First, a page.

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Toyota’s WRC Yaris is the coolest Toyota Yaris
Fresh footage emerges of Team Gazoo Racing’s slidey little supermini
For the last nine months, Team Gazoo – Toyota’s racing arm – has been hard at work thrashing two development Yaris WRC rally cars.
Team principal and four-time WRC champ Tommi Mäkinen (the same legend Mitsubishi christened an Evo after) and his crew have clocked up more than 3,000 miles over every type of terrain to try and iron out any problems and niggly issues before its re-entry into top-flight rallying next year.
As you can see from the video above, the little Toyota looks pretty exciting already. With deadlines looming, two cars have now been enlisted to kick up the dust so everything is tickety-boo and the car is competitive come race day.
The first car has been pummelling up and down gravel roads near the team’s base in Puuppola, Finland to focus on engine and transmission development. Meanwhile, the second car has been tearing around Spain and Portugal, to smooth out the suspension design and make sure the ballistic hatch doesn’t unexpectedly hop into the local scenery.
“We haven’t started testing on Tarmac,” Tom Fowler, the team’s WRC Chief Engineer, said. “But we can already tell that the car’s performance levels are really high.”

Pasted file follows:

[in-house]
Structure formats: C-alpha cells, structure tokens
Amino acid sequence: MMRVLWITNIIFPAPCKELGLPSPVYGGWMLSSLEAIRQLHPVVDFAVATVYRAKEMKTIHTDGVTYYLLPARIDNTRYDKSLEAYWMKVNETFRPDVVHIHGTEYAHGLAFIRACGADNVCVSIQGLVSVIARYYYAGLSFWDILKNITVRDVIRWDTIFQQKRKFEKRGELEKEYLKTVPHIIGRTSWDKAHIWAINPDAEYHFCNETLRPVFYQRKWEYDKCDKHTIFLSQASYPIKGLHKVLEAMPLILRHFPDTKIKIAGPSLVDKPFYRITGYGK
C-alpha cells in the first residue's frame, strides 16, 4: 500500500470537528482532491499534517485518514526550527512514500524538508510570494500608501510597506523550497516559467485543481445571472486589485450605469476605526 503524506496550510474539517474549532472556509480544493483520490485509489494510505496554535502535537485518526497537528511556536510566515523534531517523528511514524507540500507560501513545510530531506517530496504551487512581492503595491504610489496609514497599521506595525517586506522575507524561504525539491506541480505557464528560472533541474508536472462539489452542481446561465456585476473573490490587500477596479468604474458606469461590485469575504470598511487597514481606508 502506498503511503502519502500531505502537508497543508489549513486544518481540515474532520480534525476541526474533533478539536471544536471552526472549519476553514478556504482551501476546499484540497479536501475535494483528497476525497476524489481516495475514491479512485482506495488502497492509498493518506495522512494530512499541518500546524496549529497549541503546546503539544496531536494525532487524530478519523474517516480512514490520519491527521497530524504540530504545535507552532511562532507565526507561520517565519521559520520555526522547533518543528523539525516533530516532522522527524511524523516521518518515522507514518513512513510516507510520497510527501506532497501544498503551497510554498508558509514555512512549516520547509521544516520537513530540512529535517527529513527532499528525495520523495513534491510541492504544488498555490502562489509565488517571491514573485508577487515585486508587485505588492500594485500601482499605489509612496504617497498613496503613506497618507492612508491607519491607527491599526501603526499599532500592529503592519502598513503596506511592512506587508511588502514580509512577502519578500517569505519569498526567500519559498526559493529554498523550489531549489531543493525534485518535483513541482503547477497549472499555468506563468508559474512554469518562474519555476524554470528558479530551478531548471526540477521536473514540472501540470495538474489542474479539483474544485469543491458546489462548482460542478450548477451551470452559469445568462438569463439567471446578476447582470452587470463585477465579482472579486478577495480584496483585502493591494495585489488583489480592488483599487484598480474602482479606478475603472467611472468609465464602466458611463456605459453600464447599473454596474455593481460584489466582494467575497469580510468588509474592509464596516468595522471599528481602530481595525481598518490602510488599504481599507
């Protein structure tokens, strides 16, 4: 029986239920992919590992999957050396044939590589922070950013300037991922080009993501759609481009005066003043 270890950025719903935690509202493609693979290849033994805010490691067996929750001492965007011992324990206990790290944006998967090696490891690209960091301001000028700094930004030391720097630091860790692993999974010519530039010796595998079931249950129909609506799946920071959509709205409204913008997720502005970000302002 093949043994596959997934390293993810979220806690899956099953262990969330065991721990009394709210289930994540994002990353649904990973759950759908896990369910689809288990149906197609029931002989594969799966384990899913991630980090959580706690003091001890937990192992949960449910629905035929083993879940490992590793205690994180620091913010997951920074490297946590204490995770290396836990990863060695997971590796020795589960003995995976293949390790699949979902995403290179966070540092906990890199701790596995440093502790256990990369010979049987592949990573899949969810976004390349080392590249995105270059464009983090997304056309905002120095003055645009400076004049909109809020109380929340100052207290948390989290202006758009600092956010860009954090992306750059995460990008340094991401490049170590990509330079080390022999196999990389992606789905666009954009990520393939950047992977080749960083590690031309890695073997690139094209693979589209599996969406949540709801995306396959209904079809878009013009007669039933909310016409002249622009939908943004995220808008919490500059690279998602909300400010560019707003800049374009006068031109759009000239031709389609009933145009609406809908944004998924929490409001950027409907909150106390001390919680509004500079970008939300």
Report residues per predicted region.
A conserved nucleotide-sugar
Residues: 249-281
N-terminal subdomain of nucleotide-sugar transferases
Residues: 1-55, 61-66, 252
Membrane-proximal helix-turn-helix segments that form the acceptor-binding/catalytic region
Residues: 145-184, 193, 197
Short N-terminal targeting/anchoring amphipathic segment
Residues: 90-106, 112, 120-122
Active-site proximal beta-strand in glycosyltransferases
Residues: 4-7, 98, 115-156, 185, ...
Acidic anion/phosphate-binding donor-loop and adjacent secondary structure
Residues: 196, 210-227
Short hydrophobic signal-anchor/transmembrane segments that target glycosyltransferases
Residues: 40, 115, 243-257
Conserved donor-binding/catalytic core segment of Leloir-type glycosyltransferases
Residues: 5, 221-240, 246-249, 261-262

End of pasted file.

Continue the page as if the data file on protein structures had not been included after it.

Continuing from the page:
Toyota’s return to the WRC will coincide with some new regs, too. More power, along with bigger, wider and wingier cars will try and inject more excitement back into the art of going fast on the rough stuff.
Just a quick flick through the rule changes shows that the cars should look way better. Primarily because the new regs will offer teams greater aero freedom: the front bumper overhang can be increased by up to 60mm, they can be 55mm wider with more aero ahead of the front wheels, while the rear can be increased by 30mm.
The door sills will be bigger. The cars will be 25kg lighter. The rear diffuser will be bound by some size limits, but can stick out up to 50mm at the back. And the best bit? The rear wing will “be dramatically increased in size” over the current crop of WRC cars. Yes.
The racers will use the same 1.6-litre turbocharged four-cylinder engines as current regulations require, which, thanks to an increase in the turbo restrictor width from 33mm to 36mm, should see power rise to around 380bhp – “up to the level of the WTCC cars.”
We can’t wait. And Gazoo Racing are crossing their fingers that the car in front will be a Toyota. If not, it’ll probably be Sebastien Ogier. We’ll just have to wait until next year to find out. Until then, stick the video above on loop.